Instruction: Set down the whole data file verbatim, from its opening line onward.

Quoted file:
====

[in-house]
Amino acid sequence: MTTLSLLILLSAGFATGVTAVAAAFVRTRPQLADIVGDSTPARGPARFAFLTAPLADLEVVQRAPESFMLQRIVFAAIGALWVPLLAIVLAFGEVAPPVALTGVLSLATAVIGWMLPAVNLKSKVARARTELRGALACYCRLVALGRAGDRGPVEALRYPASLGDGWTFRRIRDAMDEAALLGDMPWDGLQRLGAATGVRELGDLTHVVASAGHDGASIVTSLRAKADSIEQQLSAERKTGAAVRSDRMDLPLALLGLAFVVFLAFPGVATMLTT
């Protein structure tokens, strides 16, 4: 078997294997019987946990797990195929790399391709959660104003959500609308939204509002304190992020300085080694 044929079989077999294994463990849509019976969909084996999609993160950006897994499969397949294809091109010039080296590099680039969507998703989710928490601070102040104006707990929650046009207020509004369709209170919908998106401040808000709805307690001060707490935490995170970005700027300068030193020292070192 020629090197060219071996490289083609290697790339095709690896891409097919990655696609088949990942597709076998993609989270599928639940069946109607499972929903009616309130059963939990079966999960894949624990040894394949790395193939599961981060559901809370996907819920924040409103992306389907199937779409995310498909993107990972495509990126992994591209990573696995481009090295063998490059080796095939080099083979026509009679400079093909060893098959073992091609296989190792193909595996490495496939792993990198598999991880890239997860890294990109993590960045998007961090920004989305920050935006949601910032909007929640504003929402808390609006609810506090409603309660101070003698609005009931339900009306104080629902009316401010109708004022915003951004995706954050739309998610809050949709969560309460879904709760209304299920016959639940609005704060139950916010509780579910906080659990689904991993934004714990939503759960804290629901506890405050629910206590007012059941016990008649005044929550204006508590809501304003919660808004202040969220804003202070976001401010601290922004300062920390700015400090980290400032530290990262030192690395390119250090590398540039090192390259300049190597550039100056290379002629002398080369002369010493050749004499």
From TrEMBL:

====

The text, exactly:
[in-house]
Amino acid sequence: MTTLSLLILLSAGFATGVTAVAAAFVRTRPQLADIVGDSTPARGPARFAFLTAPLADLEVVQRAPESFMLQRIVFAAIGALWVPLLAIVLAFGEVAPPVALTGVLSLATAVIGWMLPAVNLKSKVARARTELRGALACYCRLVALGRAGDRGPVEALRYPASLGDGWTFRRIRDAMDEAALLGDMPWDGLQRLGAATGVRELGDLTHVVASAGHDGASIVTSLRAKADSIEQQLSAERKTGAAVRSDRMDLPLALLGLAFVVFLAFPGVATMLTT
């Protein structure tokens, strides 16, 4: 078997294997019987946990797990195929790399391709959660104003959500609308939204509002304190992020300085080694 044929079989077999294994463990849509019976969909084996999609993160950006897994499969397949294809091109010039080296590099680039969507998703989710928490601070102040104006707990929650046009207020509004369709209170919908998106401040808000709805307690001060707490935490995170970005700027300068030193020292070192 020629090197060219071996490289083609290697790339095709690896891409097919990655696609088949990942597709076998993609989270599928639940069946109607499972929903009616309130059963939990079966999960894949624990040894394949790395193939599961981060559901809370996907819920924040409103992306389907199937779409995310498909993107990972495509990126992994591209990573696995481009090295063998490059080796095939080099083979026509009679400079093909060893098959073992091609296989190792193909595996490495496939792993990198598999991880890239997860890294990109993590960045998007961090920004989305920050935006949601910032909007929640504003929402808390609006609810506090409603309660101070003698609005009931339900009306104080629902009316401010109708004022915003951004995706954050739309998610809050949709969560309460879904709760209304299920016959639940609005704060139950916010509780579910906080659990689904991993934004714990939503759960804290629901506890405050629910206590007012059941016990008649005044929550204006508590809501304003919660808004202040969220804003202070976001401010601290922004300062920390700015400090980290400032530290990262030192690395390119250090590398540039090192390259300049190597550039100056290379002629002398080369002369010493050749004499």
From TrEMBL: